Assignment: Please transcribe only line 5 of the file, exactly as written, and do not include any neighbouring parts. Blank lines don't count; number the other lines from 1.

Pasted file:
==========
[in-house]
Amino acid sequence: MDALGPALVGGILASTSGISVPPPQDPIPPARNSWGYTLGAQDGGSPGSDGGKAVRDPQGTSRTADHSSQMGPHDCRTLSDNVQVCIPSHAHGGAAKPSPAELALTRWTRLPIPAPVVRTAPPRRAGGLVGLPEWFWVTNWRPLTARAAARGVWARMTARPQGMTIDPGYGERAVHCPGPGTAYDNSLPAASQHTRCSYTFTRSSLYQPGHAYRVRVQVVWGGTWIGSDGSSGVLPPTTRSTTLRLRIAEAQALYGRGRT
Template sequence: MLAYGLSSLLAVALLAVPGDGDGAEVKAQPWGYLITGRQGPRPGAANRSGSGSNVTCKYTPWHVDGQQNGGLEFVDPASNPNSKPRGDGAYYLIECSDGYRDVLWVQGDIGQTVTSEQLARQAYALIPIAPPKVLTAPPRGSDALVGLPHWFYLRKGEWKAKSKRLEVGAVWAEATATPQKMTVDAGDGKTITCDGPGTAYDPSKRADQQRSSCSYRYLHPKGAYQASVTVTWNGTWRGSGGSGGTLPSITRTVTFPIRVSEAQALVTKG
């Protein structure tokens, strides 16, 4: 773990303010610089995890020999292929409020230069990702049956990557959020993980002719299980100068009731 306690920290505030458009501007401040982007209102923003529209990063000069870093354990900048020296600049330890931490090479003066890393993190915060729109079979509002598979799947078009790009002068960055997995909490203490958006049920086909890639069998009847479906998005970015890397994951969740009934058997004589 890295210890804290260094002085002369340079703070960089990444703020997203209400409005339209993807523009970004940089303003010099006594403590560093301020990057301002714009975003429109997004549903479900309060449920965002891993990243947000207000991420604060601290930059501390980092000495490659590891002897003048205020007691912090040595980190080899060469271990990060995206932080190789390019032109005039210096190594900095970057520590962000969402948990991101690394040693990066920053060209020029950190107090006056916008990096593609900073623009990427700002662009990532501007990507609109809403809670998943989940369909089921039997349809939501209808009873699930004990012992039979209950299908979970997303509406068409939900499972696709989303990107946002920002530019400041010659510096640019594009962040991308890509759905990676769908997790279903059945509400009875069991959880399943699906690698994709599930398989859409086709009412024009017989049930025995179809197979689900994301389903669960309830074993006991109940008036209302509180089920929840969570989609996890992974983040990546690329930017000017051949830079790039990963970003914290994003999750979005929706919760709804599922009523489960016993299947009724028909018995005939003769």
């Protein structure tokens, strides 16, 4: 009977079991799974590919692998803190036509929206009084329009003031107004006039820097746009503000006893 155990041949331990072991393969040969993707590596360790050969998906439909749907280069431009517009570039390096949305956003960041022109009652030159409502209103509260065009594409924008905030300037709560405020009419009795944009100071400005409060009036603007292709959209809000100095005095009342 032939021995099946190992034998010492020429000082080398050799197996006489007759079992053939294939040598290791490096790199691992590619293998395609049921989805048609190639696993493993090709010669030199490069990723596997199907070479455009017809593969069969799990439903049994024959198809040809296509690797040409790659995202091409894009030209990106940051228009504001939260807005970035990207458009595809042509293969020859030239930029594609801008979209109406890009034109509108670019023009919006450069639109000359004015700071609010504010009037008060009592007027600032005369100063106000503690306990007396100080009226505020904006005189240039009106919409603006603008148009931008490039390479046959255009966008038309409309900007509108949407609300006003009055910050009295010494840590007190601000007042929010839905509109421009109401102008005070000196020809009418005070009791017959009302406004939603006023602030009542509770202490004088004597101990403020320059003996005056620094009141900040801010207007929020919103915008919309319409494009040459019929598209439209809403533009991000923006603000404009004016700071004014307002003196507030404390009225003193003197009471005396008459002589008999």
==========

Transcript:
């Protein structure tokens, strides 16, 4: 009977079991799974590919692998803190036509929206009084329009003031107004006039820097746009503000006893 155990041949331990072991393969040969993707590596360790050969998906439909749907280069431009517009570039390096949305956003960041022109009652030159409502209103509260065009594409924008905030300037709560405020009419009795944009100071400005409060009036603007292709959209809000100095005095009342 032939021995099946190992034998010492020429000082080398050799197996006489007759079992053939294939040598290791490096790199691992590619293998395609049921989805048609190639696993493993090709010669030199490069990723596997199907070479455009017809593969069969799990439903049994024959198809040809296509690797040409790659995202091409894009030209990106940051228009504001939260807005970035990207458009595809042509293969020859030239930029594609801008979209109406890009034109509108670019023009919006450069639109000359004015700071609010504010009037008060009592007027600032005369100063106000503690306990007396100080009226505020904006005189240039009106919409603006603008148009931008490039390479046959255009966008038309409309900007509108949407609300006003009055910050009295010494840590007190601000007042929010839905509109421009109401102008005070000196020809009418005070009791017959009302406004939603006023602030009542509770202490004088004597101990403020320059003996005056620094009141900040801010207007929020919103915008919309319409494009040459019929598209439209809403533009991000923006603000404009004016700071004014307002003196507030404390009225003193003197009471005396008459002589008999």